August 06, 2004
In article <c9qiqn$1i01$1@digitaldaemon.com>, Walter says...

>The trouble with allowing structs to have constructors, is <snip>
>
>If everyone would be satisfied with 1) no destructors and 2) bit copies for assignment and copy constructor and 3) no RAII for structs, I would be much more amenable to adding them in <g>.

So, two months have gone by since the above quote, and pretty much everyone has said they could live with 1), 2) and 3). And now we have constructors for primitives. You see where this is leading...?


The thing that we really need for generic programming, though, is consistency. As near as possible - the same syntax for all types. Consider the follwing possible D statements:

(1)    T x = new T();
(2)    T* x = new T();
(3)    T x = T();

(1) is appropriate for classes only; (2) is appropriate for primitives allocated
on the heap only; (3) is appropriate for either structs or classes which happen
to have overridden static opCall(). This is very counterintuitive. So, how hard
would it be to make something like:

#    T x();

construct all types, as it does in C++? (Oh, and to have

#    int x(5);

initialize x to 5, not 0, as it does in C++)? I'm not too bothered about the exact syntax (althernatives have been suggested by others), only that the syntax be the same for everything. Oh, and primitives and structs should still end up on the stack, not the heap - it's not /allocating/ them that's desirable, it's /initializing/ them (with consistent syntax).

Arcane Jill


August 09, 2004
>If everyone would be satisfied with 1) no destructors and 2) bit copies for assignment and copy constructor and 3) no RAII for structs, I would be much more amenable to adding them in <g>.

I have no problim with not having destructors in structs.
I'm not sure if I like 2). Why is it important?
Imagine you have some caches for lazy evaluation or what ever. But hey, when we
get C'tors for not having user defined assignment operatos (which we currently
don't have too) I can live with that.


And doesn't 1) imply 3)?


August 09, 2004
> I'm not just nitpicking because I don't like "new".

Yes. new just doesn't make sense. It's more to type and it doesn't give any
usefull information.
In C++ you need new.
.. = new Foo() // constructed on the heap
.. =  Foo() // constructed on the stack


There are many languages, where you can construct things without new and everybody is happy with it. Why is "new" there in D? I never understood it. I didn't in Java, eigther.


-- Matthias Becker


August 09, 2004
>Using opCall for non-new applications is only confusing if you typically overload the opCall to mean "new".  The normal use of opCall (in my opinion) is as a "functor", i.e. "operator()" in C++.  Suppose I have a function:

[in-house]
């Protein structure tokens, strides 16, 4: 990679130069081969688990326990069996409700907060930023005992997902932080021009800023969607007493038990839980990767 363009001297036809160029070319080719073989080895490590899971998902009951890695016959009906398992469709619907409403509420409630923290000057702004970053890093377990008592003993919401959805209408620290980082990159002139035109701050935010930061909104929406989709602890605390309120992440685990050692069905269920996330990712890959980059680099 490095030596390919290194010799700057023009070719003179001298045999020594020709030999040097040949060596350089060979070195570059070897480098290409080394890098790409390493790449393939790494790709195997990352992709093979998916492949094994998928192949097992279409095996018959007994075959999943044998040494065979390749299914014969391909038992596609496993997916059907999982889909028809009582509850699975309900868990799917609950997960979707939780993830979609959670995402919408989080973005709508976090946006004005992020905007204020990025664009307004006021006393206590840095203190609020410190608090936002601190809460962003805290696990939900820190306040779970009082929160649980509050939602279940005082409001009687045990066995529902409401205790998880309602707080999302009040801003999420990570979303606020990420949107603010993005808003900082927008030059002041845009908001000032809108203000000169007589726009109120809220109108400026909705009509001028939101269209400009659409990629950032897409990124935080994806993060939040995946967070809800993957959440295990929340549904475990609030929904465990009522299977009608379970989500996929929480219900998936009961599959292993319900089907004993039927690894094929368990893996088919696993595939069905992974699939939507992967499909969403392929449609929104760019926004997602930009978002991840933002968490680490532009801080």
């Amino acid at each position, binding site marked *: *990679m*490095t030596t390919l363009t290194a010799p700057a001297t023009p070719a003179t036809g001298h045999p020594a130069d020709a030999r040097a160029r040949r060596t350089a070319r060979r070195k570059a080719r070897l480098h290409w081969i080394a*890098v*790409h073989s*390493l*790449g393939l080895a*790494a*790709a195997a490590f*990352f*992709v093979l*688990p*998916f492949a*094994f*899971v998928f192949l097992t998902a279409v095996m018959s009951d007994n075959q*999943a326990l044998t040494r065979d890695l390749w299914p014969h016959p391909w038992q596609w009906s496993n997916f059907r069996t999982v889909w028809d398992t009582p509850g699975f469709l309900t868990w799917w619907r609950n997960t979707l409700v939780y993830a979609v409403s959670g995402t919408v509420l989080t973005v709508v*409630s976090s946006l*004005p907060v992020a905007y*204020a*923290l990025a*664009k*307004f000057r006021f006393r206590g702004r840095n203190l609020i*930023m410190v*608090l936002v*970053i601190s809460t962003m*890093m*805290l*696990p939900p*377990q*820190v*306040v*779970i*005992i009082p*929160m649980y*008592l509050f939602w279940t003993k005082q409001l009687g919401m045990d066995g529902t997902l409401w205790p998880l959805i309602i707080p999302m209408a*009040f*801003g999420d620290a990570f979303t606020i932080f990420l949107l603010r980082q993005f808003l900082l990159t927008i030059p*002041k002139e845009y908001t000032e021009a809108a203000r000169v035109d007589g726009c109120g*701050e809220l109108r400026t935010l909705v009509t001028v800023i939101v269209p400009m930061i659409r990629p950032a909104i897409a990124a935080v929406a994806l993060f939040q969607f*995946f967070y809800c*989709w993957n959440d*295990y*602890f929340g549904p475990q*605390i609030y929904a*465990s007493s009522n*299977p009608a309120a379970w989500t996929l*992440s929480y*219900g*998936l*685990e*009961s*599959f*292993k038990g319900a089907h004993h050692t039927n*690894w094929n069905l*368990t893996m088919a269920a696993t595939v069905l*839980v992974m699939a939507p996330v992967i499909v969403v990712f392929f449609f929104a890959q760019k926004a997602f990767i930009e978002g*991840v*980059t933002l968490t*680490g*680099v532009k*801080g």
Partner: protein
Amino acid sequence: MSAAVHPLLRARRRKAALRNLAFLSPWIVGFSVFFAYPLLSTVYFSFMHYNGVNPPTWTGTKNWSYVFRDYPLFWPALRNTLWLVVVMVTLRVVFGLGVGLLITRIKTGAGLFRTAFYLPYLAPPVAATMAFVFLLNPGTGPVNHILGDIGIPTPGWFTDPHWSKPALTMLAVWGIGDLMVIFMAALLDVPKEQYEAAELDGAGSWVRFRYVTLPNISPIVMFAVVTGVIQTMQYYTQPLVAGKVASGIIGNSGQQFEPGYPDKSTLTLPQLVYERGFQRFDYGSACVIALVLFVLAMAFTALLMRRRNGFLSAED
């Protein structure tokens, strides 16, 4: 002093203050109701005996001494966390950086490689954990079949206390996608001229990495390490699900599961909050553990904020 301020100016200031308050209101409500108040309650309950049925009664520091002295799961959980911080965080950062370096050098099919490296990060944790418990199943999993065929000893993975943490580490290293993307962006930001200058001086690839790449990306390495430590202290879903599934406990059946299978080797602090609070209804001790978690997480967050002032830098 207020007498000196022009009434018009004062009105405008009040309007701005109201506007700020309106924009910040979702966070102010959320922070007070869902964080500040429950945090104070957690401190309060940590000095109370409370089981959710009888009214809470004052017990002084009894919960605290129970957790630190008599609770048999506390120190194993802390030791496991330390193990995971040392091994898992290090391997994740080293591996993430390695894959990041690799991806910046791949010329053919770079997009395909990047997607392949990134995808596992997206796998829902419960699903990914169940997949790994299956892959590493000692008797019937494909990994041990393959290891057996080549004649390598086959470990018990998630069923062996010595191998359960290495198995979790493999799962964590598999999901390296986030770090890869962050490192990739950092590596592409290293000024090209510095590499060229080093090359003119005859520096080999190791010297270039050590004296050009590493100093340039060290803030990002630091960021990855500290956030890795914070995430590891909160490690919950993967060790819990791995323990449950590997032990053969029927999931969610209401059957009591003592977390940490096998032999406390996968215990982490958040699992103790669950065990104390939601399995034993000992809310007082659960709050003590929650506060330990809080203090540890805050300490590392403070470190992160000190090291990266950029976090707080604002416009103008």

>
>flip(int a)
>{
>..
>}
>
>..and code that calls it.  I can make it into an object, which is then used as a function, but also holds state and may have other methods.
>
>This ability to tack state, ie member vars, onto a function by converting into a class and using it as a functor is useful to a lot of folks.  The C++ STL for example is designed to allow functors in almost all places where a function would otherwise be used.  Your opCall syntax conflicts with that idiom.
>

So your problem is that we break with a C++ idiom in D? Even if this were true, it would be stupid. But you forgot the small keyword "static". So the C++ idiom doesn't conflict with our "idiom" that you can find in a lot more languages than just one.

Remember: We want: "Foo()" instead of "new Foo()". In C++ you already have this
if you constuct on the stack!


-- Matthias Becker



August 09, 2004
In article <cf7liq$i01$1@digitaldaemon.com>, Matthias Becker says...

>>If everyone would be satisfied with 1) no destructors and 2) bit copies for assignment and copy constructor and 3) no RAII for structs, I would be much more amenable to adding them in <g>.

>I have no problim with not having destructors in structs. I'm not sure if I like 2).

Which would you prefer?
(a) no constructors for structs, at all, ever.
(b) constructors for structs, but no bitwise copying.

Remember - there is no (c). There is no third alternative - not according to
Walter's quote above. You may think you're arguing for (c), but you're not.
Walter's quote implies that only (a) and (b) are on offer. Nothing else. No
other choice. If you reject (b), the only choice left is (a). And I suspect you
didn't want inadvertantly to vote for that.



>Why is it important?

Squillions of reasons: temporary results; returning values from functions; the list is endless. Also, recall that in C++, operator=() is effectively equivalent to a destructor call followed by a constructor call (and in some cases is actually implemented that way). But if we're ruling out destructors, what would opAssign() do that a constructor didn't?



>And doesn't 1) imply 3)?

Yes. But (3) doesn't imply (1). Maybe Walter was expecting some folk to say "we
want destructors but not RAII" or something. That didn't happen.

Jill



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